LA CANADA FLINTRIDGE, CA — California will be the first state in the country to push back start times at most middle schools and high schools thanks to a new bill signed by Gov. Gavin Newsom on Sunday.
The proposal from State Senator Anthony J. Portantino, a Democrat from La Canada Flintridge, was designed to improve educational outcomes by giving students more sleep, the Los Angeles Times reported.
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Under the new law, middle schools will start no earlier than 8 a.m., and high schools will begin no earlier than 8:30 a.m., excluding some rural schools and a “zero period” offered before the start of the regular school day. The law will go into effect no later than July 1, 2021.
“Governor Newsom displayed a heartwarming and discerning understanding of the importance of objective research and exercised strong leadership as he put our children’s health and welfare ahead of institutional bureaucracy resistant to change,” Portantino said.
Portantino said the law was written based on three decades of studies on teen health, sleep patterns and brain chemistry, adding research indicated when the school day starts later, children perform better academically and are significantly healthier.
“Teenagers in this country are sleep-deprived,” said Assemblyman Todd Gloria, a Democrat from San Diego. “It is a public health epidemic, and according to conclusive medical research, the primary cause of this epidemic is the early school start times that are not aligned with biological sleep needs of adolescent children.”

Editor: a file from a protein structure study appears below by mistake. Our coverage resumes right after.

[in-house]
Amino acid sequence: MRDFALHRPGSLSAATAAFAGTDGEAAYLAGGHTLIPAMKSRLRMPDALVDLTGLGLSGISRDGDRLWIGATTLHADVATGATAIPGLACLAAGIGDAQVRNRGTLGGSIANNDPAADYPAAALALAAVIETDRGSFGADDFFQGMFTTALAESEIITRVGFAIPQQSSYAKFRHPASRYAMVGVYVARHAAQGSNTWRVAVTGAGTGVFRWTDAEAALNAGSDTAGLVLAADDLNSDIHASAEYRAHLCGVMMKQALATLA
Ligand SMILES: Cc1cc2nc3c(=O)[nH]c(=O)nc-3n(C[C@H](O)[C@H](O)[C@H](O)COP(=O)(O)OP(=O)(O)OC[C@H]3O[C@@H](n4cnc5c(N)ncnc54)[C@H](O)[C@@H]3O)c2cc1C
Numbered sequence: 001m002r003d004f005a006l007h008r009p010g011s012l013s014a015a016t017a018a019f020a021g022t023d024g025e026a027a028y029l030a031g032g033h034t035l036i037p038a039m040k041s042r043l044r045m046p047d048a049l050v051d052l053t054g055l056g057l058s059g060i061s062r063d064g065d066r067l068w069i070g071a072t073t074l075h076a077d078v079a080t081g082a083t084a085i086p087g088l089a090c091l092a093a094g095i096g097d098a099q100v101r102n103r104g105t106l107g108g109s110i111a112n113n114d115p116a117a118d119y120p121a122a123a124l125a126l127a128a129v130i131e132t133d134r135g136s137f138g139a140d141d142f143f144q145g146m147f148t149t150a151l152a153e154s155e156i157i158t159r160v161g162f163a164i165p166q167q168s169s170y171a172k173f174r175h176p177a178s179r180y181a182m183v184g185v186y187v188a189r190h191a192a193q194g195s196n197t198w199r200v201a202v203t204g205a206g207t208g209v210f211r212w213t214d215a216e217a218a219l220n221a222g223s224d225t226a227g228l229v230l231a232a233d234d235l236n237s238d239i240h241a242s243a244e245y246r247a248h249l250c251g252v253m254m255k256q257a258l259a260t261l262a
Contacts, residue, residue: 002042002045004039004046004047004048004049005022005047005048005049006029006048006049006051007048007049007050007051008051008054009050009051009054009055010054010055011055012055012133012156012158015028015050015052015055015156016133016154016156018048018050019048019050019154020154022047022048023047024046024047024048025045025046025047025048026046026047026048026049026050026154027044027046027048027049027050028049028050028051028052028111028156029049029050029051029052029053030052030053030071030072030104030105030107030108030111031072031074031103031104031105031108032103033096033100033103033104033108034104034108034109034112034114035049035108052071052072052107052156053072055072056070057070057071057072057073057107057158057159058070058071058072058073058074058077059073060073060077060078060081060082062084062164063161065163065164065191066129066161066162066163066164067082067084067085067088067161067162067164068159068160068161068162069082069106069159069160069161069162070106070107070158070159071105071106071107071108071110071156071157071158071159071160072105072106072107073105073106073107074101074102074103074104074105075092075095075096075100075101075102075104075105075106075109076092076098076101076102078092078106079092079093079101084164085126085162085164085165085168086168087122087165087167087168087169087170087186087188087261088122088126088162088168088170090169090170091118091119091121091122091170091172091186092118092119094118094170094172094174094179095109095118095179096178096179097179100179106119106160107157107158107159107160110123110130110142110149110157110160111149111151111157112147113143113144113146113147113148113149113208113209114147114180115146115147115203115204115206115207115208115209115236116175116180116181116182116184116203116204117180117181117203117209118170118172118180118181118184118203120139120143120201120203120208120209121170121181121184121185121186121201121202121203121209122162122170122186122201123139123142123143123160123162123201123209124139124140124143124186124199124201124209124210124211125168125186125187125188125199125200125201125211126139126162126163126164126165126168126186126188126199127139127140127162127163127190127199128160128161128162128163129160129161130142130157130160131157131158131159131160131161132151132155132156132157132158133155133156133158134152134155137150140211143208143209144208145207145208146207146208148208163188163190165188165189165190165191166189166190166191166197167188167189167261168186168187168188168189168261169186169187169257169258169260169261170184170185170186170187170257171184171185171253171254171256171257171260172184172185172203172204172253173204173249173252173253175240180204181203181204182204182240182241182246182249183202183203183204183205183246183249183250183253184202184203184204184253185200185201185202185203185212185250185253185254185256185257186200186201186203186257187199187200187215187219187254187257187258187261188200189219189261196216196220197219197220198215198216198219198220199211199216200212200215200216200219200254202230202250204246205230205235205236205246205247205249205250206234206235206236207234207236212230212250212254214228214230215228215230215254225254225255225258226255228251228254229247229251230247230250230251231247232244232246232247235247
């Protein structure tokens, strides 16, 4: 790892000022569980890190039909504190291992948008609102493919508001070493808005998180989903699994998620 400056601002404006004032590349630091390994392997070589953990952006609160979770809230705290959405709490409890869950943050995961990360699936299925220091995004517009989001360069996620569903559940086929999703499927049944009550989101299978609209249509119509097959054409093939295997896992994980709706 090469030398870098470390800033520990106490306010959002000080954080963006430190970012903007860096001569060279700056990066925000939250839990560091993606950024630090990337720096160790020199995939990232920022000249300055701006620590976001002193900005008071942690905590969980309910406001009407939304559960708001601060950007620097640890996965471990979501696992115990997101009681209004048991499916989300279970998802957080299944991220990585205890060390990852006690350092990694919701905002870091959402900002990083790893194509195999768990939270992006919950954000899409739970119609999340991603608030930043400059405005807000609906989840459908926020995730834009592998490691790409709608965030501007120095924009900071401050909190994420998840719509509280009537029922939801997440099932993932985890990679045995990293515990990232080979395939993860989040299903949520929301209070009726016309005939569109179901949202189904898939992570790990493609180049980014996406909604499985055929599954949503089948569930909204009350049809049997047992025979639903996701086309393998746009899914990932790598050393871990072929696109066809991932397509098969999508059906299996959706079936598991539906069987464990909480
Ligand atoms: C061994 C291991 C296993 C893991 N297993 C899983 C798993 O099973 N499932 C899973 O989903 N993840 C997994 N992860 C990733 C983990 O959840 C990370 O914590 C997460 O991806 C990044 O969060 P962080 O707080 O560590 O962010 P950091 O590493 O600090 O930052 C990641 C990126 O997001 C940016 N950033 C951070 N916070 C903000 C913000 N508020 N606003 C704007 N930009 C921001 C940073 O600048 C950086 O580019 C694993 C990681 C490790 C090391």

Most public schools in California will need to delay their start times under the new law, according to a legislative analysis obtained by Huffington Post. About half of schools will need to move their start times by 30 minutes or less; while 25 percent of schools will need to push back the start of school by 31 to 60 minutes, the news website said.
The California State PTA co-sponsored the bill.
“When teens get enough sleep, they are safer, healthier and do better in school,” Carol Kocivar said, speaking on the group’s behalf. “The California State PTA is proud to co-sponsor this bill and looks forward to helping implement this historic initiative across our state.”
Some opponents raised concerns about how the later start times might affect parents who need to drop their children off at school before they go to work, and push extracurricular activities later into the evening. Opponents also pointed out the change could negatively affect bus routes and result in higher costs for school districts, the Los Angeles Times reported.
Teacher’s unions and the California School Boards Association opposed the bill, saying it eroded local control of school districts.
“We should not set the bell schedule from Sacramento,” said Assemblyman Patrick O’Donnell (D-Long Beach), chairman of the Assembly Education Committee. “Sacramento does not know best.”
Last year, lawmakers approved a similar Portantino-sponsored bill to then-Governor Jerry Brown, who vetoed it.
City News Service contributed to this post